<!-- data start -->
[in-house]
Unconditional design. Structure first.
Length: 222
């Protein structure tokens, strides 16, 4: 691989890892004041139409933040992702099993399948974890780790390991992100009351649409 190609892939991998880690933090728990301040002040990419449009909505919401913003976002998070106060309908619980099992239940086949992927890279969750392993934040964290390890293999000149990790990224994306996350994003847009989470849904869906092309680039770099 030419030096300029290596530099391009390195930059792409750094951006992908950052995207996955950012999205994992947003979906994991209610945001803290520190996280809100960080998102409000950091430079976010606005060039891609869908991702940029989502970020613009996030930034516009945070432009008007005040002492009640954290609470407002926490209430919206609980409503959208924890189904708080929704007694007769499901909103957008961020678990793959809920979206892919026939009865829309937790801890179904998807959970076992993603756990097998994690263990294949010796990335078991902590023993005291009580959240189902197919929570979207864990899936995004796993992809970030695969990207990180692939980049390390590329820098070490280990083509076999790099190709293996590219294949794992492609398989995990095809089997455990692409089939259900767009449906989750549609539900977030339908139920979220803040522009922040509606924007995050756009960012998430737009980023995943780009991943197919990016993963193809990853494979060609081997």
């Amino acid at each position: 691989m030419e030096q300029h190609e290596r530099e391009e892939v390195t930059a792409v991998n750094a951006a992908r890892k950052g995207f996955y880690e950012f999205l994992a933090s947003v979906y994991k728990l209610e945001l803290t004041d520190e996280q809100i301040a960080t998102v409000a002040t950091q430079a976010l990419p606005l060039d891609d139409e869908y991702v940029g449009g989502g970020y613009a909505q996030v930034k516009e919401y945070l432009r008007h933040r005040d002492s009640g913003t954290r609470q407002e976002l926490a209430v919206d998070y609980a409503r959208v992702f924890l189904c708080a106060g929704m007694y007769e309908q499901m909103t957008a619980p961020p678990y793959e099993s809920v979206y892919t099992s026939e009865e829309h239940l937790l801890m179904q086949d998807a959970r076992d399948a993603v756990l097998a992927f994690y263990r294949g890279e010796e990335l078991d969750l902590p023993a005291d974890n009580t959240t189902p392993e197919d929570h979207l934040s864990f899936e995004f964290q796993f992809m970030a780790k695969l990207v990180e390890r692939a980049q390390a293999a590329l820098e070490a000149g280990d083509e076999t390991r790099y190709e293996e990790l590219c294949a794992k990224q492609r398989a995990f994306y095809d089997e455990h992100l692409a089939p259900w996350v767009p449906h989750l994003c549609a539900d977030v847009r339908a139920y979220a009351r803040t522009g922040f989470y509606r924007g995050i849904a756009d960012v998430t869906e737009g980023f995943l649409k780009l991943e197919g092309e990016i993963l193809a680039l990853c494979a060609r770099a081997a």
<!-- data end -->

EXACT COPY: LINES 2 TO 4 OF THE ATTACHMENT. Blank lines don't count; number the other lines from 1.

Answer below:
Unconditional design. Structure first.
Length: 222
């Protein structure tokens, strides 16, 4: 691989890892004041139409933040992702099993399948974890780790390991992100009351649409 190609892939991998880690933090728990301040002040990419449009909505919401913003976002998070106060309908619980099992239940086949992927890279969750392993934040964290390890293999000149990790990224994306996350994003847009989470849904869906092309680039770099 030419030096300029290596530099391009390195930059792409750094951006992908950052995207996955950012999205994992947003979906994991209610945001803290520190996280809100960080998102409000950091430079976010606005060039891609869908991702940029989502970020613009996030930034516009945070432009008007005040002492009640954290609470407002926490209430919206609980409503959208924890189904708080929704007694007769499901909103957008961020678990793959809920979206892919026939009865829309937790801890179904998807959970076992993603756990097998994690263990294949010796990335078991902590023993005291009580959240189902197919929570979207864990899936995004796993992809970030695969990207990180692939980049390390590329820098070490280990083509076999790099190709293996590219294949794992492609398989995990095809089997455990692409089939259900767009449906989750549609539900977030339908139920979220803040522009922040509606924007995050756009960012998430737009980023995943780009991943197919990016993963193809990853494979060609081997």